Citizens want Online Fantasy Sports advertising to be made more responsible; 57% want celebrities to also talk about the risk of loss in ads

Citizens want Online Fantasy Sports advertising to be made more responsible; 57% want celebrities to also talk about the risk of loss in ads

68% citizens want Government to create guidelines or code of regulation for Online Fantasy Sports Platforms; On administration front, 49% support self-regulation, while 34% want Government to be the regulator also

Niti Aayog has drafted a whitepaper, titled "Guiding Principles for the Uniform-Level Regulation of Online Fantasy Sports Platforms in India", and proposed setting up of a Self-Regulatory Organisation that will resolve differences amongst states, which currently have varying laws pertaining to the functioning of online fantasy games. The Government think-tank believes that a principle-based policy implementation for the fantasy sports industry is necessary to promote growth and innovation while securing consumer interest.

The following question that sought to understand the perception of citizen about how Online Fantasy Sports Platform should be regulated, 17% said “Self-Regulation basis Industry’s Code of Regulation”, 32% said “Self-Regulation basis Government’s Guidelines or Code of Regulation”, 34% said “Creation of a Government Regulator who administers compliance to Government Guidelines or Code of Conduct”, while 17% couldn’t say. The findings indicate that 68% of citizens want Government to create guidelines or code of regulation for Online Fantasy Sports Platforms. On the administration of the regulation, though 49% support self-regulation, 34% want Government to be the regulator also. The question in the survey received 8,108 responses.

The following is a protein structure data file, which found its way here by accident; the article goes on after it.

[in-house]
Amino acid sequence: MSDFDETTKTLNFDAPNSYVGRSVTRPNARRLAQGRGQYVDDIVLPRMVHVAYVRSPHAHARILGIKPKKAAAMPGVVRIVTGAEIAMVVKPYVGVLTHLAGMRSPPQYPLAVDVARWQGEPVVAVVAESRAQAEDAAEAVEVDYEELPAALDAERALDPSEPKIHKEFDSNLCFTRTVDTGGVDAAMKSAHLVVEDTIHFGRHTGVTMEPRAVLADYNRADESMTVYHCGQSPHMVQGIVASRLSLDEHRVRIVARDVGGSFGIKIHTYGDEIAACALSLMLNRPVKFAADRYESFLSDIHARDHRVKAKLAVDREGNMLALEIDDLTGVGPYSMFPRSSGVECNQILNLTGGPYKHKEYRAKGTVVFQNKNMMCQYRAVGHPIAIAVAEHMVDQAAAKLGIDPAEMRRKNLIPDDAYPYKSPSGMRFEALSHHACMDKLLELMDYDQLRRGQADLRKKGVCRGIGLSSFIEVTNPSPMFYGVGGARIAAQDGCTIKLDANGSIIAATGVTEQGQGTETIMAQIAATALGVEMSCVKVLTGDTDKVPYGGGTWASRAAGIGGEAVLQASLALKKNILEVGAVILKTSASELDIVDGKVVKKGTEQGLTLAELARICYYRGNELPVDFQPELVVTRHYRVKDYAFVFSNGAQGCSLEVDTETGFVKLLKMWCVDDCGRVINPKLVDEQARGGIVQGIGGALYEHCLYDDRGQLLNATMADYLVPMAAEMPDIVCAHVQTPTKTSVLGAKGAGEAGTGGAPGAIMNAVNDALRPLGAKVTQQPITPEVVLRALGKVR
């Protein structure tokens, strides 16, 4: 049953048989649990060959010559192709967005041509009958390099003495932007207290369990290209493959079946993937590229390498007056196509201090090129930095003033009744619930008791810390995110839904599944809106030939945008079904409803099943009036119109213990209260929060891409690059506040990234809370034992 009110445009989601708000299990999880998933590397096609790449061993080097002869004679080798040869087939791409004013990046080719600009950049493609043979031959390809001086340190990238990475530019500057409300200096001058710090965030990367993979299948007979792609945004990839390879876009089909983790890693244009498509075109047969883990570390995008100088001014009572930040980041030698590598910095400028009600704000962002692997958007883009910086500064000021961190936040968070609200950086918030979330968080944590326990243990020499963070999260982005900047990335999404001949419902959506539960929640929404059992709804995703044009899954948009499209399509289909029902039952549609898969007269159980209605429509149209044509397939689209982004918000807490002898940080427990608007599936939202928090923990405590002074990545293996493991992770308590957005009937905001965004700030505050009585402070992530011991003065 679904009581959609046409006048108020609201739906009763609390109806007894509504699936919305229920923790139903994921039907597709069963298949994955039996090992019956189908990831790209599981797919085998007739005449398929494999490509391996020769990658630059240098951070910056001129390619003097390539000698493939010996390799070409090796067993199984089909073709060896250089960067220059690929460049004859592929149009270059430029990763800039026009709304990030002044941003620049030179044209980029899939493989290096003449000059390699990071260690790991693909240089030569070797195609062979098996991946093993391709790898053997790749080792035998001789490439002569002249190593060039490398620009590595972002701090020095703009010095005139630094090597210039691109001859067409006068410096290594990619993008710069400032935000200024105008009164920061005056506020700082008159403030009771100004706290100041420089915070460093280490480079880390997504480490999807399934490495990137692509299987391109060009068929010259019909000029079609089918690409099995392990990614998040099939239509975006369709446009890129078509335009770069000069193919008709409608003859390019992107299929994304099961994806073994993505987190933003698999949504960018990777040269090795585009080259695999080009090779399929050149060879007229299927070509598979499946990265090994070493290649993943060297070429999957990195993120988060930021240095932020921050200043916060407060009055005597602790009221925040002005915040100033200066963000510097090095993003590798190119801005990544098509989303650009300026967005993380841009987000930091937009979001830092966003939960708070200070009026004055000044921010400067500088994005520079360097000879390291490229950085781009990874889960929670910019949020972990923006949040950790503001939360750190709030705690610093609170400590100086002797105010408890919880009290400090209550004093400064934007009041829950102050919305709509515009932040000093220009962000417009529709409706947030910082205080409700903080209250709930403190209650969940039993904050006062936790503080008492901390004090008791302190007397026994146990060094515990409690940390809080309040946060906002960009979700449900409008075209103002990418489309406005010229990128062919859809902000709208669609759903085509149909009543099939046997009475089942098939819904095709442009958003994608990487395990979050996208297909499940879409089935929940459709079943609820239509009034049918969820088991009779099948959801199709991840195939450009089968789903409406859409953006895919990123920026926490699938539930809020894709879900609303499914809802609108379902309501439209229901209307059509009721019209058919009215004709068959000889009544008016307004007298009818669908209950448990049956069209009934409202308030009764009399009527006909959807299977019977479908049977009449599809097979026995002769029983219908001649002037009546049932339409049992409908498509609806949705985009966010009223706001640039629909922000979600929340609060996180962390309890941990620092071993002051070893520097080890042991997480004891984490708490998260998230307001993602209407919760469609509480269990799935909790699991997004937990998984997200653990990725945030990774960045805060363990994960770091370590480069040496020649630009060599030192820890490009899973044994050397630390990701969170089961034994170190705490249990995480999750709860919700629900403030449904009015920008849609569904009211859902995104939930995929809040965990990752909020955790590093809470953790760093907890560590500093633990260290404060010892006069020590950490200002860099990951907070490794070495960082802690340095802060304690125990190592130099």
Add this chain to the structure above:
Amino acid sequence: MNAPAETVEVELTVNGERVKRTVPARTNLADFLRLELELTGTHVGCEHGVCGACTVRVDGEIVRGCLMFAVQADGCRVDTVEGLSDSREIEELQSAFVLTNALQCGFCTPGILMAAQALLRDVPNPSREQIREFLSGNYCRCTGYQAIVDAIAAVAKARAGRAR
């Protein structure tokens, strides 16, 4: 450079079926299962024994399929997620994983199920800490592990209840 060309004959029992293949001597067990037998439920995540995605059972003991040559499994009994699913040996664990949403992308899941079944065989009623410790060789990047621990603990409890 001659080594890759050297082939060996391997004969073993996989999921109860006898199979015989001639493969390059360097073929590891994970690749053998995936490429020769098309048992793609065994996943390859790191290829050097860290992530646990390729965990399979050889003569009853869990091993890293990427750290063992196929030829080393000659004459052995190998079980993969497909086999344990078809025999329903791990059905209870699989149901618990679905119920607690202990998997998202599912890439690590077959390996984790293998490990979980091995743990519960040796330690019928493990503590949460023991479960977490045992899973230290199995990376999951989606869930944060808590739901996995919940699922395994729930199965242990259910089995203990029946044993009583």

68% citizens want Government to create guidelines or code of regulation for Online Fantasy Sports Platforms; On administration front, 49% support self-regulation, while 34% want Government to be the regulator also

68% citizens want Government to create guidelines or code of regulation for Online Fantasy Sports Platforms; On administration front, 49% support self-regulation, while 34% want Government to be the regulator also

63% citizens not in favour of Government giving legal recognition and protection to Online Fantasy Sports Platforms, while 28% citizens support giving the same

In countries like the United States of America, Online Fantasy Sports are varved out as lawful under the Unlawful Internet Gambling Enforcement Act 2006. Even Singapore has enacted Common Gaming Houses Act and Remote Gambling Act, which make online gambling legal only if it is done through an exempt operator. Taking cognizance of the issues, the survey sought to understand citizens’ opinion if the Online Fantasy Sports Platforms should be given legal recognition and protection in India. In response only 28% said “Yes”. The majority of 63% of citizens said “No”, while 9% couldn’t say. The question in the survey received 8,323 votes.

63% citizens not in favour of Government giving legal recognition and protection to Online Fantasy Sports Platforms, while 28% citizens support giving the same